The study focuses on the evidence for tuberculosis apparent in an Iron Age population recovered from the cemetery of Aymyrlyg, Tyva (Tuva), South Siberia. A recent wholly molecular study of five of the cases confirmed the presence of Mycobacterium tuberculosis (MTB) complex DNA in four of the individuals. In all cases the disease was caused by strains of Mycobacterium bovis rather than Mycobacterium tuberculosis and represents the first positive identification of the bovine form of the disease in archaeological human remains. Details of the palaeopathological characteristics of the cases are provided in the current paper, while the molecular observations are extended to include a quantitative evaluation of the surviving mycobacterial DNA using real-time PCR. The observation that bovine tuberculosis was the pathogen responsible is discussed in terms of current understanding of the evolution of the MTB complex as well as the implications for future ancient DNA studies in this area.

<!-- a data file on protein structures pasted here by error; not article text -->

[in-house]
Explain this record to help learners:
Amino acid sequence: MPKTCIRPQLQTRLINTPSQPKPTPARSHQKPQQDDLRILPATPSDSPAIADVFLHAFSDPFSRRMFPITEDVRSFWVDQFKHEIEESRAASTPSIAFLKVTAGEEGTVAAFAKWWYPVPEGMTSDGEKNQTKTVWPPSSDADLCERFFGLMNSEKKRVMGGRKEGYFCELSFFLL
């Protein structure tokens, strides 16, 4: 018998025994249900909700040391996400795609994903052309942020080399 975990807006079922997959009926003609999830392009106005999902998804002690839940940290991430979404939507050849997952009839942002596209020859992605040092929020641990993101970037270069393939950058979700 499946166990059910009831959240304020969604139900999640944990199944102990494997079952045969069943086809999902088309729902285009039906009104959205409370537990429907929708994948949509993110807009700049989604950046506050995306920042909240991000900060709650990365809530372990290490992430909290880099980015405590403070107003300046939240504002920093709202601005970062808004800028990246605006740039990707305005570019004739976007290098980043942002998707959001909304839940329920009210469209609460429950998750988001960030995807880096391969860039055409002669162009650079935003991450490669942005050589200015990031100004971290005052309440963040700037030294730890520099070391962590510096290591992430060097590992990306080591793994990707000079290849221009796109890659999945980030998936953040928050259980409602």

ASJC Scopus subject areas
Murphy, E. M., Chistov, Y. K., Hopkins, R., Rutland, P., & Taylor, G. M. (2009). Tuberculosis among Iron Age individuals from Tyva, South Siberia: palaeopathological and biomolecular findings. Journal of Archaeological Science, 36(9), 2029-2038. https://doi.org/10.1016/j.jas.2009.05.025